Net metering and the seven myths
The recent announcement by NSPI and the provincial minister of energy about
NSPI's net metering programme may have some Nova Scotians interested in
purchasing a renewable electrical-generation system and becoming a
customer-generator (that is, someone who is both a consumer and generator of
However, there are a number of myths circulating about the benefits of net
metering that any potential customer-generator should be aware:
- Net metering means protection against NSPI's power outages.
For this protection, the customer-generator's generation system must be able
to store some of the electricity for use during outages.
If the system does not have storage, any power outage will still affect the
- Anyone in Nova Scotia can install a generation system for net metering.
Even if all Nova Scotians could afford the equipment, the Electricity
Marketplace Governance Committee (EMGC) and the minister of energy have
restricted the province's net metering capacity to 0.5 percent of NSPI's
annual peak (EMGC Recommendation 57).
Since NSPI's annual peak is about 2,200 megawatts, the net metering capacity
has been limited to 11 megawatts.
This means that the total capacity of the equipment installed by
customer-generators in Nova Scotia cannot exceed 11 megawatts; for example,
there could be no more than 550 customer-generators using 20-kilowatt
- Net metering is good for the environment because it will cause NSPI to
Ideally, all customer-generators would be producing 11 megawatts of electricity
simultaneously, allowing NSPI to reduce generation from its most polluting
thermal power stations by a corresponding amount.
However, since most renewable electrical-generation systems produce varying
levels of electricity intermittently, it is unlikely that NSPI will be able to
reduce its output by anything like 11 megawatts.
As a result, the impact of net metering on the quantity of pollutants released
by NSPI will be negligible.
- Net metering means getting paid for any electricity generated.
Ideally this would be the case; however, the EMGC and the minister of energy
do not require NSPI to compensate a customer-generator for any excess
generation (occurring when a customer-generator's production exceeds their
demand) (EMGC Recommendation 58).
Anyone planning to net meter should be aware of their annual electricity
demand and ensure that the proposed equipment meets only their demand, as any
excess is "free" electricity for NSPI.
- Greenhouse gas emission credits are available for customer-generators.
Once again, the EMGC and the minister of energy have ensured that the benefits
flow to NSPI: NSPI claims all the customer-generator's emissions credits
(EMGC Recommendation 61).
Whether NSPI actually deserves these credits is another matter altogether,
as credits should only be granted when it can be demonstrated that the
renewable generation actually displaces a measurable amount of greenhouse
The single meter approach to net metering employed in Nova Scotia will not
permit an accurate indication of whether any of NSPI's emissions were actually
- Wind turbines should be used for net metering, since the minister of
energy has repeatedly said that Nova Scotia has one of the best wind regimes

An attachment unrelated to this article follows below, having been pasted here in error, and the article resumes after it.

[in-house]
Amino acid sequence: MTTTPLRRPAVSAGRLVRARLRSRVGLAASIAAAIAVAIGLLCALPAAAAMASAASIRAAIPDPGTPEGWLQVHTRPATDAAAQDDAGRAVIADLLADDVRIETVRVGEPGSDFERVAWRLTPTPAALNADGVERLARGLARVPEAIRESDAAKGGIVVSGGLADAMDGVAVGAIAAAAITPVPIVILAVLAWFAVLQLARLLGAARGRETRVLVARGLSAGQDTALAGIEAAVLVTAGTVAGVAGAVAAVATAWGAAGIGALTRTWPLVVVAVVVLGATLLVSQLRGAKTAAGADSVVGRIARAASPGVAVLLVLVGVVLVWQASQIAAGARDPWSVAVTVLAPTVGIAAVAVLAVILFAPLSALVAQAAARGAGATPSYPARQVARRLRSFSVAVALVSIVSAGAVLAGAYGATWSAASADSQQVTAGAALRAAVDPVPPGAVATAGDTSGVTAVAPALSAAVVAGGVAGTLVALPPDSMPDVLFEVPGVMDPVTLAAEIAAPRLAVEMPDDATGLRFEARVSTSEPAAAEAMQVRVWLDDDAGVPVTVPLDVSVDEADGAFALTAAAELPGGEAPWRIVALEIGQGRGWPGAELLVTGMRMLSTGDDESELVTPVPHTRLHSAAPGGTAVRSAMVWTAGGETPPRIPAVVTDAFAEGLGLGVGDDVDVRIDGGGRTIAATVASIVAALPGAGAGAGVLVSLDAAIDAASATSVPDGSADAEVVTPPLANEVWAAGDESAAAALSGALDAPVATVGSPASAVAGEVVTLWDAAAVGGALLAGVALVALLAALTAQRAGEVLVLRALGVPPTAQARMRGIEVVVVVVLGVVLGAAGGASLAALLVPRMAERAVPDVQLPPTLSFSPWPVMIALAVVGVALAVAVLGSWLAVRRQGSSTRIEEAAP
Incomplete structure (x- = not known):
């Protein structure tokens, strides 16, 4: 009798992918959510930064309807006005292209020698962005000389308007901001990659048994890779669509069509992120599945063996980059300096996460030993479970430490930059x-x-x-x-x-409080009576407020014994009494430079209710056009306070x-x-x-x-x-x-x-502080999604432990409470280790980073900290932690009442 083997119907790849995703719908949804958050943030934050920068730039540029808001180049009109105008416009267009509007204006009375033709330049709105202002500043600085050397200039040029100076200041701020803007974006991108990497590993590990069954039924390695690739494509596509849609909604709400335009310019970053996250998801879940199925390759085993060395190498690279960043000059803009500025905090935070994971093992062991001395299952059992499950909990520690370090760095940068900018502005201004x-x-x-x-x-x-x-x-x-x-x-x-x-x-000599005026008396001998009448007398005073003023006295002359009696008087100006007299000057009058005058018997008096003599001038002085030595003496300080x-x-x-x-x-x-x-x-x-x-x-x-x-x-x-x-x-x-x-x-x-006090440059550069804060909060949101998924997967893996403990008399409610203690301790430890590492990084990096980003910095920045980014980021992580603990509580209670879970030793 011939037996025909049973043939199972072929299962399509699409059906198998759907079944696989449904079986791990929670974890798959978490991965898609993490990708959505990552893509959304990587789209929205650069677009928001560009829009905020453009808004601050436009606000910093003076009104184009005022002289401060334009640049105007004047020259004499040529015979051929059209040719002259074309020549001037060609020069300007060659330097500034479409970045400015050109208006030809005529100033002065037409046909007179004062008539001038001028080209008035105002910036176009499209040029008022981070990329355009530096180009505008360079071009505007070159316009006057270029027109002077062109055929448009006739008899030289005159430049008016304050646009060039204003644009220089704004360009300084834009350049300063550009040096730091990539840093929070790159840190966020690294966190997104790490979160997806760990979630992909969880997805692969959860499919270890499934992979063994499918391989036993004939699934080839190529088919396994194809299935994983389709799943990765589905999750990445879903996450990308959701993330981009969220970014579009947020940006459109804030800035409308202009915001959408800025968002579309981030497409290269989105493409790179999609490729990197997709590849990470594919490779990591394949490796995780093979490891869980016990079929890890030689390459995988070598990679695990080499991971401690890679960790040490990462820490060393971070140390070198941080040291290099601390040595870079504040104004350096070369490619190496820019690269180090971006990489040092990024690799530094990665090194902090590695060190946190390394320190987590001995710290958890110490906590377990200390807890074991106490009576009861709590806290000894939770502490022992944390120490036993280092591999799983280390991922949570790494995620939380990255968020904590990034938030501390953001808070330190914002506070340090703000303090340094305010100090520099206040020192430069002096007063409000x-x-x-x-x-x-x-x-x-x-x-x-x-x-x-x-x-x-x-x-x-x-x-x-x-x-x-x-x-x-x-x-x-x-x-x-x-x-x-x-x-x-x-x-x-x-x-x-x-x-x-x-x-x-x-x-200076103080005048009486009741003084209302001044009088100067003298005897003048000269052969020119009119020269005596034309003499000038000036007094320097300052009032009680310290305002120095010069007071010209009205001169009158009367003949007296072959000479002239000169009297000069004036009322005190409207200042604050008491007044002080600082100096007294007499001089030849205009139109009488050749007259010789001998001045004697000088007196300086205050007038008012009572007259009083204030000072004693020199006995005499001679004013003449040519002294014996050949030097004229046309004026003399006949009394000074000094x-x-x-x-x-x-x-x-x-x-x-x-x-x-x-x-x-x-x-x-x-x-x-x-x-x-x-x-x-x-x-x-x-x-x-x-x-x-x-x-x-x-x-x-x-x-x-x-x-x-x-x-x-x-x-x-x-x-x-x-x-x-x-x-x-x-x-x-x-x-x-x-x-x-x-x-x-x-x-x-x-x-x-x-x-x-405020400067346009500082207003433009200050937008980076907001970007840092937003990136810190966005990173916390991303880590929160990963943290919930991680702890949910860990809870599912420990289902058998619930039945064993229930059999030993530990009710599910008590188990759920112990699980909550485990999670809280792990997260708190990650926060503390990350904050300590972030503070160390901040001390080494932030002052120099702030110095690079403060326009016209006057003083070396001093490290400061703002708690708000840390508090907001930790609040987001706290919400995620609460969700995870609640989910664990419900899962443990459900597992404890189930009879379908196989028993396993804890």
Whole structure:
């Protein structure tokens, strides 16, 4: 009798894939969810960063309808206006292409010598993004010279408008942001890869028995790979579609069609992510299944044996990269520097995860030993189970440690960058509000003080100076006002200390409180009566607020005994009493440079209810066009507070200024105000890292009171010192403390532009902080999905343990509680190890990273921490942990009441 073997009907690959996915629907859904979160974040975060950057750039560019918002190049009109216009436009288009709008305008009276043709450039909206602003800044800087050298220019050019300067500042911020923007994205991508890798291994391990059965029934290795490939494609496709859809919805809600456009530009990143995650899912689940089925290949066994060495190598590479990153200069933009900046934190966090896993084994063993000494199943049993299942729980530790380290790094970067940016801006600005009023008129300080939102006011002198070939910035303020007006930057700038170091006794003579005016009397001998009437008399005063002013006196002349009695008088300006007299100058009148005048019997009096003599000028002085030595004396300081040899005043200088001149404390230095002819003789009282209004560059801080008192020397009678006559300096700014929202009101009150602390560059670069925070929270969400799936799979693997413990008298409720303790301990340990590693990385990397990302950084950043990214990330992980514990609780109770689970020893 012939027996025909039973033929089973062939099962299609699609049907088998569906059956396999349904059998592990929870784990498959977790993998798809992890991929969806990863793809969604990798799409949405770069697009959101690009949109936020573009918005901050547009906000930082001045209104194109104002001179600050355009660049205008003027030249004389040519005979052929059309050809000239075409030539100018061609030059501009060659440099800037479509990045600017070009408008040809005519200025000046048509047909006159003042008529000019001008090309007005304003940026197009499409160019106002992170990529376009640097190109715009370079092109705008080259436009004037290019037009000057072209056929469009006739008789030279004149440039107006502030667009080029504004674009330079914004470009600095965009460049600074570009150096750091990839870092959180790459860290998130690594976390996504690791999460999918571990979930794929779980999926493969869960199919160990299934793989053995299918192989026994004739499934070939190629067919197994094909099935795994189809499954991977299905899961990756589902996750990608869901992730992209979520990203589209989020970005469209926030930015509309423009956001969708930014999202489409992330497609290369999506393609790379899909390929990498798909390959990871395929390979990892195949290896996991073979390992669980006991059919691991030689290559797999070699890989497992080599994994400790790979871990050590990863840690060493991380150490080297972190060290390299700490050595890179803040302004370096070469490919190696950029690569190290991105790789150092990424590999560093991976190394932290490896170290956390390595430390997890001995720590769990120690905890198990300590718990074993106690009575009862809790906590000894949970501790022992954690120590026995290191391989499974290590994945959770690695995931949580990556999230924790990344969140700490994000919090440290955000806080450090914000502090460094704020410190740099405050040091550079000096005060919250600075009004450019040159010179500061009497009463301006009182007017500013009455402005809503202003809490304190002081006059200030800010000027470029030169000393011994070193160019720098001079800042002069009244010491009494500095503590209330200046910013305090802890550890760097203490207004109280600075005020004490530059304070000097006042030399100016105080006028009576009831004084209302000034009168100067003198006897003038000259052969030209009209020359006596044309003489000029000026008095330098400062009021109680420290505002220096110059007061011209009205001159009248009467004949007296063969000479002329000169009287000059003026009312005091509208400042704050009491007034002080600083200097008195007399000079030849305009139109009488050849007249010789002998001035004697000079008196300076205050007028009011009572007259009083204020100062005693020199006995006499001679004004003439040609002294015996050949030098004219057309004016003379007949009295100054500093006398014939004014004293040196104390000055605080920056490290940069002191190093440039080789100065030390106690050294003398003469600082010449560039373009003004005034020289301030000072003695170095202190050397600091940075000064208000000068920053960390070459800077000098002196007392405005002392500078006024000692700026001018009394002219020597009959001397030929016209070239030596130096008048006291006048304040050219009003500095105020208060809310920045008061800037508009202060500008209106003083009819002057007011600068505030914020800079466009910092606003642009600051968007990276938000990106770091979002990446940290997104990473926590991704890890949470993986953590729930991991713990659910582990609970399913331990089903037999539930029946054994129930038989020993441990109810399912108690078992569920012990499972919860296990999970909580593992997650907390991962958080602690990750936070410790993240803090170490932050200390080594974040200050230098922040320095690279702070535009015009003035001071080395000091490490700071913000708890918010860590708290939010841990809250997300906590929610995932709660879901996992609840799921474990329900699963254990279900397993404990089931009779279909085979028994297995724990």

What the minister fails to mention is that Nova Scotia's wind resource is not
uniform across the province, meaning that the volume of electricity produced
by a turbine depends upon its location.
A poorly sited wind turbine can mean considerably less power generated than
expected, requiring the customer-generator to purchase more electricity than
Furthermore, small turbines can be noisy, which can lead to sleepless nights
and potentially upset neighbours.
Although photovoltaic panels cost more than wind turbines, they are easier to
install, aren't prone to mechanical failure, and most panels can produce
electricity, even on cloudy days.
- Electricity can be sold to neighbours rather than simply net-metered to
Selling electricity to one's neighbours is not permitted in Nova Scotia; any
electricity that a customer-generator produces can be supplied only to NSPI.
Anyone wanting to help the environment, and who has the money to spend,
should make their house as energy efficient as possible before becoming a
There are four actions that should be taken to improve the energy efficiency
of a house.
First, decrease space-heating requirements through insulation upgrades and, if
possible, maximizing solar gains.
Second, decrease conventional energy requirements for domestic hot water; for
example, by pre-heating water before it enters the hot water tank using a
solar thermal system.
Third, reduce electrical demand by purchasing energy-efficient appliances.
Fourth, replace incandescent lighting with compact-fluorescent lighting.
If the desire to become your own utility still hasn't been quenched after
improving the energy efficiency of your house, consider getting off the grid
entirely or rewiring part of your house to use the self-generated electricity.
This will cost somewhat more in that storage (typically deep-cycle solar
batteries) will be required.
However, with your own storage, you will be protected from power outages.
If you're completely off the grid, you will make a difference to the
environment (and you might even qualify for those emissions credits).
For more information on net metering, visit lh.ece.dal.ca/environment.
Submitted to Chronicle-Herald 3 November 2005 - unpublished